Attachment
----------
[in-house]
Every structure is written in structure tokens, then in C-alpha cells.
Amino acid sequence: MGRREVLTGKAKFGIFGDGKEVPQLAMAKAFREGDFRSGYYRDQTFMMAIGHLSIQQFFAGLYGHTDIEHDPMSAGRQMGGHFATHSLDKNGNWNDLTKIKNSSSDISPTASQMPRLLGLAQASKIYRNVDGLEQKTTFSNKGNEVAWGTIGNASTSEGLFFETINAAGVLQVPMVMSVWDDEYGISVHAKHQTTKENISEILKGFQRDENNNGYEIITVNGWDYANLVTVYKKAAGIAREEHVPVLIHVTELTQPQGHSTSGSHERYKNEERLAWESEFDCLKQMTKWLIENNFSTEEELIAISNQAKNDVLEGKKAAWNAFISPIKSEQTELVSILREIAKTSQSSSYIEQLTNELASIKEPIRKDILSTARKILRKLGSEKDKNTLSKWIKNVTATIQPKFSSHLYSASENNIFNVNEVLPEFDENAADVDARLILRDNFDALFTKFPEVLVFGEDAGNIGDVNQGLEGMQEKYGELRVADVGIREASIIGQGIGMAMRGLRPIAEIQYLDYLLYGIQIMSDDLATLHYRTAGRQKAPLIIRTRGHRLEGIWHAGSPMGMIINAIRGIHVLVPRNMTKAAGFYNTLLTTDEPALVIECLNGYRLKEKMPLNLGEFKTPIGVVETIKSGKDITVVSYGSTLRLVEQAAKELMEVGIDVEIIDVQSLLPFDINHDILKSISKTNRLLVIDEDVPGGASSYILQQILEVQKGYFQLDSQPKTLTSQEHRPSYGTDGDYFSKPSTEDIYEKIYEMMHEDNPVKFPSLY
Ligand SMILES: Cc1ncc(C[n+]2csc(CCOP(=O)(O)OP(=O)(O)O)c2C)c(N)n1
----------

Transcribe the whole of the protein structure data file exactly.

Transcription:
[in-house]
Every structure is written in structure tokens, then in C-alpha cells.
Amino acid sequence: MGRREVLTGKAKFGIFGDGKEVPQLAMAKAFREGDFRSGYYRDQTFMMAIGHLSIQQFFAGLYGHTDIEHDPMSAGRQMGGHFATHSLDKNGNWNDLTKIKNSSSDISPTASQMPRLLGLAQASKIYRNVDGLEQKTTFSNKGNEVAWGTIGNASTSEGLFFETINAAGVLQVPMVMSVWDDEYGISVHAKHQTTKENISEILKGFQRDENNNGYEIITVNGWDYANLVTVYKKAAGIAREEHVPVLIHVTELTQPQGHSTSGSHERYKNEERLAWESEFDCLKQMTKWLIENNFSTEEELIAISNQAKNDVLEGKKAAWNAFISPIKSEQTELVSILREIAKTSQSSSYIEQLTNELASIKEPIRKDILSTARKILRKLGSEKDKNTLSKWIKNVTATIQPKFSSHLYSASENNIFNVNEVLPEFDENAADVDARLILRDNFDALFTKFPEVLVFGEDAGNIGDVNQGLEGMQEKYGELRVADVGIREASIIGQGIGMAMRGLRPIAEIQYLDYLLYGIQIMSDDLATLHYRTAGRQKAPLIIRTRGHRLEGIWHAGSPMGMIINAIRGIHVLVPRNMTKAAGFYNTLLTTDEPALVIECLNGYRLKEKMPLNLGEFKTPIGVVETIKSGKDITVVSYGSTLRLVEQAAKELMEVGIDVEIIDVQSLLPFDINHDILKSISKTNRLLVIDEDVPGGASSYILQQILEVQKGYFQLDSQPKTLTSQEHRPSYGTDGDYFSKPSTEDIYEKIYEMMHEDNPVKFPSLY
Ligand SMILES: Cc1ncc(C[n+]2csc(CCOP(=O)(O)OP(=O)(O)O)c2C)c(N)n1